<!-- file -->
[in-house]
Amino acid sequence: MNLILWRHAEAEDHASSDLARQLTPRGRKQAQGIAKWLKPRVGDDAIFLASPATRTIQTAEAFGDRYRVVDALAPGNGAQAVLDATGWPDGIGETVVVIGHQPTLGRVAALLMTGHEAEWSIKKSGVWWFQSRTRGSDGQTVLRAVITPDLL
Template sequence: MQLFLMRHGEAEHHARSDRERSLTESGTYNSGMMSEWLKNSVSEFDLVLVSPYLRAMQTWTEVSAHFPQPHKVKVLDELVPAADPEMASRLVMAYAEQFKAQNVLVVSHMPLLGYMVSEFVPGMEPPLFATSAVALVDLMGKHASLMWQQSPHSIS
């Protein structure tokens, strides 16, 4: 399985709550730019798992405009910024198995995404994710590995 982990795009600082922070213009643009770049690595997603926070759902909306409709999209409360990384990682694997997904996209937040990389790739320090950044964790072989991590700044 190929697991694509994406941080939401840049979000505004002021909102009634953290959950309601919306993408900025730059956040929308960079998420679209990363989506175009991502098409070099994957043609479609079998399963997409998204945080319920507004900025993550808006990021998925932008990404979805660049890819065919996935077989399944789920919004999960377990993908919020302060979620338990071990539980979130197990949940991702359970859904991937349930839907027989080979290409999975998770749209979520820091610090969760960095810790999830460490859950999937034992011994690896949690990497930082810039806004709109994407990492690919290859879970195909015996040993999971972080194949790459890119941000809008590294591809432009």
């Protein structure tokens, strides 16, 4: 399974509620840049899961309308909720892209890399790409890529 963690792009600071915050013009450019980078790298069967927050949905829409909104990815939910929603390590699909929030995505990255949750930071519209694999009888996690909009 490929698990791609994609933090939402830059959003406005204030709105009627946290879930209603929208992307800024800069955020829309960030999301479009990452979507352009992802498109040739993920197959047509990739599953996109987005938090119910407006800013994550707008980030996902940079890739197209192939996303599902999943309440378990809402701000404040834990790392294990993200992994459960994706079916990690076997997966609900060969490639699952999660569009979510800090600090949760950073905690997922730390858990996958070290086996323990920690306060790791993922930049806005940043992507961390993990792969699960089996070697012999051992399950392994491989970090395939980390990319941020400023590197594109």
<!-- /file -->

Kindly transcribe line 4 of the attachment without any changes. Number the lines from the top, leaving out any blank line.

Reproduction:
């Protein structure tokens, strides 16, 4: 399985709550730019798992405009910024198995995404994710590995 982990795009600082922070213009643009770049690595997603926070759902909306409709999209409360990384990682694997997904996209937040990389790739320090950044964790072989991590700044 190929697991694509994406941080939401840049979000505004002021909102009634953290959950309601919306993408900025730059956040929308960079998420679209990363989506175009991502098409070099994957043609479609079998399963997409998204945080319920507004900025993550808006990021998925932008990404979805660049890819065919996935077989399944789920919004999960377990993908919020302060979620338990071990539980979130197990949940991702359970859904991937349930839907027989080979290409999975998770749209979520820091610090969760960095810790999830460490859950999937034992011994690896949690990497930082810039806004709109994407990492690919290859879970195909015996040993999971972080194949790459890119941000809008590294591809432009």